2011 Nissan Cube

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The Joker’s famous line, “why so serious?” could be directed at new cars – or a lot of them, anyhow. $200 a piece tires on 18, 19 and even 20 inch rims, 300 horsepower engines, 150 mph top speeds – and $40,000 (and up) MSRPs.

The Nissan Cube is a sanity check; an antidote to all that.

Not that there’s anything wrong with 150 mph top speeds and all the rest of it. It’s just that it’s a lot like professional bodybuilding: There’s lots of flexing and strutting going on but it’s almost entirely for show.

When was the last time you drove 150 MPH? Or even 100? Just asking… .

The Cube, meanwhile, makes sense. And it makes you feel good, too.


The Cube is a stubby, tall and low to the ground box on wheels with five oversized doors and lots of useable room inside.

It is a type of vehicle that’s common in Japan, where everything’s crowded and space – including parking space – is scarce. As the United States – especially urban and suburban areas of the United States – becomes more like crowded Japan, we’ll probably see more vehicles like the Cube.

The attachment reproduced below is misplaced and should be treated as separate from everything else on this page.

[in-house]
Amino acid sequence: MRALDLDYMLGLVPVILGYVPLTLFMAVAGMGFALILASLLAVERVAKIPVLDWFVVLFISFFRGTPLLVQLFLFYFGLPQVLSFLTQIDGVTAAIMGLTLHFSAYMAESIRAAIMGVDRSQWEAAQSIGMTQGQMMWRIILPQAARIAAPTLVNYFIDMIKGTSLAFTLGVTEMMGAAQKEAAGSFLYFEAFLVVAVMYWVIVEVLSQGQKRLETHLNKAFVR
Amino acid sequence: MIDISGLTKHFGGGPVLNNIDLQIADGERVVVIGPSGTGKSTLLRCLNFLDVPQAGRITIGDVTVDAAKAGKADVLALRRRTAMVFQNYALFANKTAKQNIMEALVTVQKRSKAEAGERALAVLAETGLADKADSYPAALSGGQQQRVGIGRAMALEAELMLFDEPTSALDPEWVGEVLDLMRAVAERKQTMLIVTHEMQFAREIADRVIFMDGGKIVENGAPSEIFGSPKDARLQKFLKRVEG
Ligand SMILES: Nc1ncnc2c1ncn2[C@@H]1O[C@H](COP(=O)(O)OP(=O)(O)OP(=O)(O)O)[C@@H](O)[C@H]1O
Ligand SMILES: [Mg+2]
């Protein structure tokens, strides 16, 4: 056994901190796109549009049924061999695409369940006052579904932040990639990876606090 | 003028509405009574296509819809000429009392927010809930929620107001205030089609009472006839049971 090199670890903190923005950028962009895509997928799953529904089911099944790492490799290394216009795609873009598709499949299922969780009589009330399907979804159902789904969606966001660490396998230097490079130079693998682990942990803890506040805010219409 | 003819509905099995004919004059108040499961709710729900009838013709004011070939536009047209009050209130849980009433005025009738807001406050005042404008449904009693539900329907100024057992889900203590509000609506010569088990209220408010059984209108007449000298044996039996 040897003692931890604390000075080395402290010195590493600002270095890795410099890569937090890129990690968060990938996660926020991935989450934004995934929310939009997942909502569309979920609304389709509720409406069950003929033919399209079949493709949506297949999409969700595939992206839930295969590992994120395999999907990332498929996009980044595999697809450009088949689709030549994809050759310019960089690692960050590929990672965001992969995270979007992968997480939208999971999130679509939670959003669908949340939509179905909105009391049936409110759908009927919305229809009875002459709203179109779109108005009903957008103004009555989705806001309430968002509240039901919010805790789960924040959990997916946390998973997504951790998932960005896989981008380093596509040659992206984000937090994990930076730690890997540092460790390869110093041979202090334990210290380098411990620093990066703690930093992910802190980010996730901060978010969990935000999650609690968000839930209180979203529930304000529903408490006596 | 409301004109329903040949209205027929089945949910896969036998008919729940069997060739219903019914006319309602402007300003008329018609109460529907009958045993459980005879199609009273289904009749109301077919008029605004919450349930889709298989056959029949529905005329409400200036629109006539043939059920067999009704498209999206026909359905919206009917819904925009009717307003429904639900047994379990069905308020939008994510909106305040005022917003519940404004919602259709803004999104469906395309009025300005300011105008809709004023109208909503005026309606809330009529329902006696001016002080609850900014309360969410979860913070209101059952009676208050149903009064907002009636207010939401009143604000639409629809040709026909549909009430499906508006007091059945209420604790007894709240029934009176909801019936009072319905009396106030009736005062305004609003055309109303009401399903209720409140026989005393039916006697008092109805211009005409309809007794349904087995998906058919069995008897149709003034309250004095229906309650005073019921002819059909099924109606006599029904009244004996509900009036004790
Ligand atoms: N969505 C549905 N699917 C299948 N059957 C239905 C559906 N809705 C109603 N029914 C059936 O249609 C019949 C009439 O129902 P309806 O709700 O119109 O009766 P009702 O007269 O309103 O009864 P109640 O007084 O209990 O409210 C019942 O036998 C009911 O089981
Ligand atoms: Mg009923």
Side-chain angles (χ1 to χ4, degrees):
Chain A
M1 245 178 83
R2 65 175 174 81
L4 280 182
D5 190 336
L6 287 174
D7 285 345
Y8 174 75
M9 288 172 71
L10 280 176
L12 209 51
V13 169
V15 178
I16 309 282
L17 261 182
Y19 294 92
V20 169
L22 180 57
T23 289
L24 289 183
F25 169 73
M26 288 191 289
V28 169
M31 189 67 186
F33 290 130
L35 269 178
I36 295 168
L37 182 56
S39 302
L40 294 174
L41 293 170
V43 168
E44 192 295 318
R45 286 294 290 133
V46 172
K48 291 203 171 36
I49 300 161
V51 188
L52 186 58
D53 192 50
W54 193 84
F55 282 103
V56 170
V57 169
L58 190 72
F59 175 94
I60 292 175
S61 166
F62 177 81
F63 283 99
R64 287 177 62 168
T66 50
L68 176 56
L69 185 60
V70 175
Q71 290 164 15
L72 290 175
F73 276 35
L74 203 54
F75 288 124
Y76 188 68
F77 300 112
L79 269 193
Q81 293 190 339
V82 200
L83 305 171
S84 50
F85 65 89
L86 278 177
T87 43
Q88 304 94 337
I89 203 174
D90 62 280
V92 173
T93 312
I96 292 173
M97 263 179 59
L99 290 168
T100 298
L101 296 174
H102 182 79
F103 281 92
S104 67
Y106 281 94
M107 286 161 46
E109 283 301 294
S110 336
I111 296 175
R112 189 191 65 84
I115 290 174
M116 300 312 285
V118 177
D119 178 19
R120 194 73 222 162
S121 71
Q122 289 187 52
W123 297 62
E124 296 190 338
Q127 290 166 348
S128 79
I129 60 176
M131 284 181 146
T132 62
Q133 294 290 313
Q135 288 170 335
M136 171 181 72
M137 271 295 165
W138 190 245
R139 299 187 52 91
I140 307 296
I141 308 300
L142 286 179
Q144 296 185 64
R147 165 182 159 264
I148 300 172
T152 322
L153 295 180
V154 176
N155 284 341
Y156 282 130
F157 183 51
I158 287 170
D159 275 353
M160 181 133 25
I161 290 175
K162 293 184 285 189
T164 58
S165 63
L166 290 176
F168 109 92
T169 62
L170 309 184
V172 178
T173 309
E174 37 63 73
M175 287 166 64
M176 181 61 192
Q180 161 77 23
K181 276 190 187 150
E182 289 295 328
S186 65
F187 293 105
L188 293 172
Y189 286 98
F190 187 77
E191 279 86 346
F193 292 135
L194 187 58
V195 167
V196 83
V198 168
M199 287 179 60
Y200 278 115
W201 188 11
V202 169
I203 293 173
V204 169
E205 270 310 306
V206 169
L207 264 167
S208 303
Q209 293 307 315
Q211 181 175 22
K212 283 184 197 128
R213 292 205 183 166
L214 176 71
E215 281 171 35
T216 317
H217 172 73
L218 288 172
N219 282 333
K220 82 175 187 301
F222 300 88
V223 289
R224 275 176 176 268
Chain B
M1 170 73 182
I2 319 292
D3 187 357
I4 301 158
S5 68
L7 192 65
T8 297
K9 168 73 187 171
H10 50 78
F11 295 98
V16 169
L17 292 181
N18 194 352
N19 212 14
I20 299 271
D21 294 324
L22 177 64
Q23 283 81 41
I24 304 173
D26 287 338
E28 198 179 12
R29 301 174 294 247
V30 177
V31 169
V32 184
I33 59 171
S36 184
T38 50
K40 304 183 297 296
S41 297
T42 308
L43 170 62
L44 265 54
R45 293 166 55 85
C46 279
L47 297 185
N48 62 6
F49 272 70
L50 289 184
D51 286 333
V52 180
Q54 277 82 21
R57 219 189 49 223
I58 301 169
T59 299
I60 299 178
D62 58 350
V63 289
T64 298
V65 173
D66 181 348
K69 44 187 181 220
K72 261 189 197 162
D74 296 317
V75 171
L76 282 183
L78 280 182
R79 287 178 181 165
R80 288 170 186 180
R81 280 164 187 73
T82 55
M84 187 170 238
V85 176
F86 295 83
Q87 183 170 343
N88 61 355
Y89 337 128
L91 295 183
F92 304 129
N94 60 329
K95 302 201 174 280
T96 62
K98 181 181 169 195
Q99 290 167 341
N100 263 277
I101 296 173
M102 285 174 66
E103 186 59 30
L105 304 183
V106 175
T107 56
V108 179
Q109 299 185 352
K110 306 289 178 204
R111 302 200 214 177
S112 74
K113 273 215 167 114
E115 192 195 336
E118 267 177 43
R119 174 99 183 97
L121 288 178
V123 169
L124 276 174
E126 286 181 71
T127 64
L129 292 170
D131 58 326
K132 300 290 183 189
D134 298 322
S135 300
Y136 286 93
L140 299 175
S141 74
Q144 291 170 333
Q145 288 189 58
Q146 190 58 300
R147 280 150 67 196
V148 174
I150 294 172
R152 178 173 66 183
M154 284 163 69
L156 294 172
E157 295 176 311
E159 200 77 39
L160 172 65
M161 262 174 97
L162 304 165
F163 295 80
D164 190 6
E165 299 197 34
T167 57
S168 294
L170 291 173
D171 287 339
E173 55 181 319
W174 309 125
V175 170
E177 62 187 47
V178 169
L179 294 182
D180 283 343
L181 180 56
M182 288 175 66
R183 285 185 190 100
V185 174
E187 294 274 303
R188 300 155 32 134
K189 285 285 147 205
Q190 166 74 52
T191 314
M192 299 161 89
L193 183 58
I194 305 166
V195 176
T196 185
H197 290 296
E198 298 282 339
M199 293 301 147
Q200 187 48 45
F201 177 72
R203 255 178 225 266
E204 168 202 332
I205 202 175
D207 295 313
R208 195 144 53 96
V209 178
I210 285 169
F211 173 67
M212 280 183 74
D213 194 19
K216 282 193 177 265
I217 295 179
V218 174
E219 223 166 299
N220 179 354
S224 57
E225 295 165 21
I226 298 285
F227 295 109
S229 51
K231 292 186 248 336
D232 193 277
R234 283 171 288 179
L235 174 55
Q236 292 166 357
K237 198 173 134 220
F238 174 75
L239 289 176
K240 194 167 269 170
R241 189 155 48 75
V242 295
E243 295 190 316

Prices for the 2011 Cube start at $14, 290 for the base 1.8 model with manual transmission and top out at $21,190 for a 1.8 S Krom Edition with CVT automatic.


The ’11 Cube gets an updated GPS system with Secure Digital card technology and 5 inch color LCD screen and integrated XM Traffic- plus a new optional color, Golden Ginger.


Easy price, outsized personality.

Fun retro touches – including a shag carpet dashpad option. Oh, behave!

Surprisingly good power; very good gas mileage.

Big box inside can cart around a lot of stuff.

Small box outside means it’ll fit easily in tight parking spots and take up less room in your garage.


It took this long to get vehicles like this here.

Six-speed manual isn’t available in top-of-the-line SL and Krom versions – even though Conan The Barbarian probably likes to shift gears himself.


The Cube comes standard with a 1.8 liter, 122 hp engine – the same powerplant used in the Nissan Versa and some other Nissan models.

A six-speed manual is the standard transmission in all but the higher trim models, which come standard with a Continuously Variable (CVT) automatic. The CVT is optional on lower trim Cubes.